At the inaugural runs-through on-screen there were a number that attracted for various reasons and of these several stood out. Sometimes the initial attraction remained when viewed in 3D and sometimes this faded a little. There was that old problem of scale – that despite having dimensions and a tape measure to hand, expectations for a particular scale over-rode this rationale and so it was occasionally surprising when seeing the 3D reality. My problem, not the artist’s. However the artists had two principal problems…
Initial choices were made by image. Here arose the first problem. Many images were simply insufficient to clearly see what the work was about. Whether teapots had functional lids, no matter how small, or if vessels presented as a group actually made a group that made some sense, or if function was an aim or the artist was relying on that old adage of… ‘it’s about a ….. ’. Angles were often odd and close-up views were very few in number – could have done with more of both. Sometimes images were poorly focussed and sometimes the work was too small in the frame to see clearly what was going on. In a time when cameras capable of taking a good image are everywhere, and cheap, then too casual an approach to presentation when another view or a close-up would clarify much, with a show to put together I left it out. Taking an adequate image is surely preparation for the time artists will submit for Portage, or to a gallery for inclusion in the stable or to some off-shore event. So getting the image right in the first place is a given. Digital is cheap, there is no waste of film and no expensive processing. It’s just experience and a little extra effort or else having someone more expert do it.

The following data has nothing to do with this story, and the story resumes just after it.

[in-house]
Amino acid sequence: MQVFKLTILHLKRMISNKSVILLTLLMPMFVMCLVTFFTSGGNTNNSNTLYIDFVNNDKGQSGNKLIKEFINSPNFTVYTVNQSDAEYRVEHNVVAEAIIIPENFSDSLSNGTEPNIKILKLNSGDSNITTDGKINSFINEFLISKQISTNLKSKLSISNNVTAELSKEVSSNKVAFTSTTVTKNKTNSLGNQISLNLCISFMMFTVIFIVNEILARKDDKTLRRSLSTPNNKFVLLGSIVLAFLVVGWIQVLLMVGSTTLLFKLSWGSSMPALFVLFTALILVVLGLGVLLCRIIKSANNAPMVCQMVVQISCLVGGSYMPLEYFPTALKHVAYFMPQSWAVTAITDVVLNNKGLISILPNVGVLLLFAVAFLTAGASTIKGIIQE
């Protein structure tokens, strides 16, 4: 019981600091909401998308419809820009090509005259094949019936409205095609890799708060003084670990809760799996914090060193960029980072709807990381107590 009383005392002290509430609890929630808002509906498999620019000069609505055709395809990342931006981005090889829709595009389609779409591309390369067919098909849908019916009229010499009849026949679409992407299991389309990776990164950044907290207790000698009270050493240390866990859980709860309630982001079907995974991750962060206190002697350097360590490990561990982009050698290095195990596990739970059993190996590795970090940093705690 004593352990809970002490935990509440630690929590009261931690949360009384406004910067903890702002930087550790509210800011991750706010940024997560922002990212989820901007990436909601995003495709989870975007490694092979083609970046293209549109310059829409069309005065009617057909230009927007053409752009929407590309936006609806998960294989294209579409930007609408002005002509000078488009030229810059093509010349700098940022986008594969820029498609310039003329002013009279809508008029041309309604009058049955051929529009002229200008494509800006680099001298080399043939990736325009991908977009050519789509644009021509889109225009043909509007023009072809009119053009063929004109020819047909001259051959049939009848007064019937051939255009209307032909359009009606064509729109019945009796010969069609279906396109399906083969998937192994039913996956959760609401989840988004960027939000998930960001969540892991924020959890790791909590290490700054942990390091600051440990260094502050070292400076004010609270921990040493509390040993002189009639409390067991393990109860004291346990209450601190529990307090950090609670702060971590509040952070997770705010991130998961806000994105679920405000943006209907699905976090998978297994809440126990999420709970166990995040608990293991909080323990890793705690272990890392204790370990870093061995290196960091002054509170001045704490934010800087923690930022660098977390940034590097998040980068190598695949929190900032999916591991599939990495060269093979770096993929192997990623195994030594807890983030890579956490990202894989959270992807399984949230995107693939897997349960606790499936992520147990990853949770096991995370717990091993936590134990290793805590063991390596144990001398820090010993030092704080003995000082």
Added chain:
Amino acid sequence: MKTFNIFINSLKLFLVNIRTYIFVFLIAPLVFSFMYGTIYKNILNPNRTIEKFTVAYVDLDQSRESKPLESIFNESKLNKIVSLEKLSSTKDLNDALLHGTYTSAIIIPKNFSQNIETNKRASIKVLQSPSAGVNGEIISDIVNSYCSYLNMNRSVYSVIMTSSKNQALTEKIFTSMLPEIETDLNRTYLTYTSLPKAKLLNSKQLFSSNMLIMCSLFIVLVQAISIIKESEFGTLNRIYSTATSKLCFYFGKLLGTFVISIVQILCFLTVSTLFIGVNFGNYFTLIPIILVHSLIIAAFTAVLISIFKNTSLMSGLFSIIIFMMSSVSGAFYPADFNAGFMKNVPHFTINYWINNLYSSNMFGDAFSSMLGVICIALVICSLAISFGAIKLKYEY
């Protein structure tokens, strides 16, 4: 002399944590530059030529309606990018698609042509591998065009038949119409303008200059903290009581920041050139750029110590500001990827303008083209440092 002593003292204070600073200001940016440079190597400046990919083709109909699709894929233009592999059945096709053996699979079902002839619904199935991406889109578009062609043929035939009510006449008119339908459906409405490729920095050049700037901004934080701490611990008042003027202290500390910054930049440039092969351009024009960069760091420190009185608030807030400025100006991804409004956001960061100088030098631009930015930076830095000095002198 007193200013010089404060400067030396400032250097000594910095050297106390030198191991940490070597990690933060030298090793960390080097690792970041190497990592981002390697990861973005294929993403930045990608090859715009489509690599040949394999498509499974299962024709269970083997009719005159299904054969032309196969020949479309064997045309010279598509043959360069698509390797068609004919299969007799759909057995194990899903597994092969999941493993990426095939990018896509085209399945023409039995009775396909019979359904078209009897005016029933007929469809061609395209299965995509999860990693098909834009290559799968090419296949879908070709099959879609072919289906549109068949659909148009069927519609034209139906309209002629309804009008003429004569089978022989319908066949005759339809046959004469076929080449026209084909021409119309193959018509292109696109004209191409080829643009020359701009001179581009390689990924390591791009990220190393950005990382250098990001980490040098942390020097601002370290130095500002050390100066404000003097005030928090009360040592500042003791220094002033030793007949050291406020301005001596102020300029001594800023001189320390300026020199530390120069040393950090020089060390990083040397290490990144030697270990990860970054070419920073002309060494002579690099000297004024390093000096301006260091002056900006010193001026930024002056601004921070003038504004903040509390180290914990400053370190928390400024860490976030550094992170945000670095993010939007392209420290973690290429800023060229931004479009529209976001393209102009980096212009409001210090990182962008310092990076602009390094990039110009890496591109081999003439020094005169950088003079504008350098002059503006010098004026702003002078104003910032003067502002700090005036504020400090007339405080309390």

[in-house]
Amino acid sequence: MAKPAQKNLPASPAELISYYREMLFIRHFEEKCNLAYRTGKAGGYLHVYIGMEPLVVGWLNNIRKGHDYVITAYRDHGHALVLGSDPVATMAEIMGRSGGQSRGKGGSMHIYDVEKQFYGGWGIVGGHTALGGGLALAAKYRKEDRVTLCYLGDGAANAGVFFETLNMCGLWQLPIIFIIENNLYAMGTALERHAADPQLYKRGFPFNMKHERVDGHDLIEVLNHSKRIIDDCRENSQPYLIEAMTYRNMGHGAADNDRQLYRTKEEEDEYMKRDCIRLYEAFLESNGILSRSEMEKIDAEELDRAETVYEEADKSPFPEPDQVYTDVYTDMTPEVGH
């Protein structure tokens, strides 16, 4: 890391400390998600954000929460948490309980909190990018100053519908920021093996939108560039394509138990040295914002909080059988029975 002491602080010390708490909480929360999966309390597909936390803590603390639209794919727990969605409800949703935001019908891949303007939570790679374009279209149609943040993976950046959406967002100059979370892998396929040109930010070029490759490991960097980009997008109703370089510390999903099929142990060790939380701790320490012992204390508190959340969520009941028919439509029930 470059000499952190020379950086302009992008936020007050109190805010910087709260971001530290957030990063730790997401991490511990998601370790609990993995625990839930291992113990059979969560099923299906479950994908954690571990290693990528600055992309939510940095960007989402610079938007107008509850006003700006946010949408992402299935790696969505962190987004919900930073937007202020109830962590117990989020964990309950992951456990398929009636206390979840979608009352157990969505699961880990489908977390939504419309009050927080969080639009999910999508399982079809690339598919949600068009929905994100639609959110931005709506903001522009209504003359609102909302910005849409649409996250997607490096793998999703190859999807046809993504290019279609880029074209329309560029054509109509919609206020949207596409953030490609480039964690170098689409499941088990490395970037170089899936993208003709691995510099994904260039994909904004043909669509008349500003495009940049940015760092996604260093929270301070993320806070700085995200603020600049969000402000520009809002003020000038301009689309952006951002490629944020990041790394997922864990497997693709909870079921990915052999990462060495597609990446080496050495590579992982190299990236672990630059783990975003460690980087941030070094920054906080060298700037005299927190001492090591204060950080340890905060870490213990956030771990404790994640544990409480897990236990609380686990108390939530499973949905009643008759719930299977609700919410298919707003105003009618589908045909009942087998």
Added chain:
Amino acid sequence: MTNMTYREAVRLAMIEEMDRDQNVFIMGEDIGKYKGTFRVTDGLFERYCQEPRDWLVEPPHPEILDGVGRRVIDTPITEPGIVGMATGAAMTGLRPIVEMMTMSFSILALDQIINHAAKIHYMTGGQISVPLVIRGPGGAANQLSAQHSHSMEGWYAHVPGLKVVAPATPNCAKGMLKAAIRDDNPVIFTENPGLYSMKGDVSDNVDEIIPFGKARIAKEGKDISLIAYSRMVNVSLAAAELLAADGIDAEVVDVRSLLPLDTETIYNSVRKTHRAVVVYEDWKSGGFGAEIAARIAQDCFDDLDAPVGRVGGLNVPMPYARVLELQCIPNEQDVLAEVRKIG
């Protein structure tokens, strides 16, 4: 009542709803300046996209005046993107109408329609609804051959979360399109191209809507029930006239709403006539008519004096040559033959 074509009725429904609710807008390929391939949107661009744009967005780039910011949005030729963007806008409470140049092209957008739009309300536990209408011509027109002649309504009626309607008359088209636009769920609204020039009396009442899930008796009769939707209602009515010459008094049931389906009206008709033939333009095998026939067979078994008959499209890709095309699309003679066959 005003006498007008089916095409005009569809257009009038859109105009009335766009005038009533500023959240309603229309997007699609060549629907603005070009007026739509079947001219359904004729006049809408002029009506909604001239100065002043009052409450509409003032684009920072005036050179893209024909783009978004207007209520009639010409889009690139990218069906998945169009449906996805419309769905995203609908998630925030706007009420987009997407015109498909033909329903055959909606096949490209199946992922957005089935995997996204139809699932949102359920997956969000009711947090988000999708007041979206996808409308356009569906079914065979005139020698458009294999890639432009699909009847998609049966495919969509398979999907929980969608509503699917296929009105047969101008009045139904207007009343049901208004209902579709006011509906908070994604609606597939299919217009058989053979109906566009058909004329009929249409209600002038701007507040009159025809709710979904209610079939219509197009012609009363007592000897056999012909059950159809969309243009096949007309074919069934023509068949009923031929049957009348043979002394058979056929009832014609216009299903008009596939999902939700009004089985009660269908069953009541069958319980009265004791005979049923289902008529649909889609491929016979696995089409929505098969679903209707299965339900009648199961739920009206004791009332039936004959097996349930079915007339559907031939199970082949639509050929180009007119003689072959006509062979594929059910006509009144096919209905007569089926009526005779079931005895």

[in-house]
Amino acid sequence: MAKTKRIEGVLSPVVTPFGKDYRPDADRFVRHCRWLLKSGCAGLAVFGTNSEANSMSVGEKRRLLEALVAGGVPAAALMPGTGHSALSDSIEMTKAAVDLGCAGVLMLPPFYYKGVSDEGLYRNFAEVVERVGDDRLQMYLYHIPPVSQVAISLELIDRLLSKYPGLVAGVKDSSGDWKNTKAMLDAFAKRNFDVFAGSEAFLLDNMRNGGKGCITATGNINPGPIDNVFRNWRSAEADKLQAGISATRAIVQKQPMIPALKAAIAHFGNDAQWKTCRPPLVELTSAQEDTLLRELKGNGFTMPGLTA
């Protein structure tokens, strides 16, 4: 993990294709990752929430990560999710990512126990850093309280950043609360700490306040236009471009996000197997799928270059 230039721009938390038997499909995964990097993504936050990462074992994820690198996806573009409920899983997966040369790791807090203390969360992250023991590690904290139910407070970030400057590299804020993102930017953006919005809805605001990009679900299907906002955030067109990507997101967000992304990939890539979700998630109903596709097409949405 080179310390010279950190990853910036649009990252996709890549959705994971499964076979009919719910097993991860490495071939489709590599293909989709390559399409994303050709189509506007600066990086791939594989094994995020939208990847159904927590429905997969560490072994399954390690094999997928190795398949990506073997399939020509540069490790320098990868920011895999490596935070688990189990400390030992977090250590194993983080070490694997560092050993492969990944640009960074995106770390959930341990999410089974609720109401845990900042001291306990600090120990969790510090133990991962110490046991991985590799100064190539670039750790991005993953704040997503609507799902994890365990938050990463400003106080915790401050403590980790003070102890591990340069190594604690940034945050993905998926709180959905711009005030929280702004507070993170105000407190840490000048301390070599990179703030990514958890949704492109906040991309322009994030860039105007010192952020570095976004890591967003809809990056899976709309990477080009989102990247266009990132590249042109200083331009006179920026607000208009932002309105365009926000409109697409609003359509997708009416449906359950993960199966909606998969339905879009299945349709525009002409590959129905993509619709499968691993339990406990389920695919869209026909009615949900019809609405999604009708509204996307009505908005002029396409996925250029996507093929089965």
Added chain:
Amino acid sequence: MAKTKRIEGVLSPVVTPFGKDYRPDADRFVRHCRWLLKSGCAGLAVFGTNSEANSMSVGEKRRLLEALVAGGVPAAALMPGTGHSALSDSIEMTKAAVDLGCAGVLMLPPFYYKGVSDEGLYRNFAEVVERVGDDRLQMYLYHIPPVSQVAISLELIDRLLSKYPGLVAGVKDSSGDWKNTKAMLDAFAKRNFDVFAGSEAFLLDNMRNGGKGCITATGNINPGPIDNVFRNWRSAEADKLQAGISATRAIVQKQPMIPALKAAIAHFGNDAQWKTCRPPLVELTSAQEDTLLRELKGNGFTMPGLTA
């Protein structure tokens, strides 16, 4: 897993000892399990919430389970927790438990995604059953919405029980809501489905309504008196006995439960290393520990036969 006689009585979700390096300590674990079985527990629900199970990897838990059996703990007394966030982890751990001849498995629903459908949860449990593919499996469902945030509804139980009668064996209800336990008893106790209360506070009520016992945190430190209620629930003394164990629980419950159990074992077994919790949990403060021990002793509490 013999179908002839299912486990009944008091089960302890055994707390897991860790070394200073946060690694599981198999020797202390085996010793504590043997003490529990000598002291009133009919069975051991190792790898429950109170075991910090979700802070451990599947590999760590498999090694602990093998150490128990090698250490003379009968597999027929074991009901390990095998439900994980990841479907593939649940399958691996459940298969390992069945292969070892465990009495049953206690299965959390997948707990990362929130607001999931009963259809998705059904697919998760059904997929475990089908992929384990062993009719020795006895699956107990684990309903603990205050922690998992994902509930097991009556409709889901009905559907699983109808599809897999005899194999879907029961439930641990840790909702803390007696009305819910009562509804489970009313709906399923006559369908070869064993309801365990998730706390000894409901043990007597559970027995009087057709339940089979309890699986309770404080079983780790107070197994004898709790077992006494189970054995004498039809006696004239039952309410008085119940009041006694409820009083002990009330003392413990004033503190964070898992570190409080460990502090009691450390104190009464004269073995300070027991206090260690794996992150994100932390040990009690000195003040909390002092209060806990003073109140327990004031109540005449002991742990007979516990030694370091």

We have gone through a transition… from an era when we could get away with, “My work speaks for itself” to one where critical discourse around your work is invited and expected; being asked to think more rigorously about what you are trying to do is a navigation to be enjoyed and one that can focus and improve practice. Making a statement, or sometimes just a good title, that can relate to the work is a necessary adjunct to producing the work. Image and statement making are crucial to acceptance anywhere in the world now and just another skill to be learned. It’s professionalism.
On reflection, I realise that in this instance I have selected three screen-printed works for the principal awards. Had someone put that to me, even six months ago, I’d have refuted such a possibility. Not that that was all those works had going for them by any means. But it’s interesting… every time you do something that presents a challenge you learn something new about yourself. Thanks for the opportunity.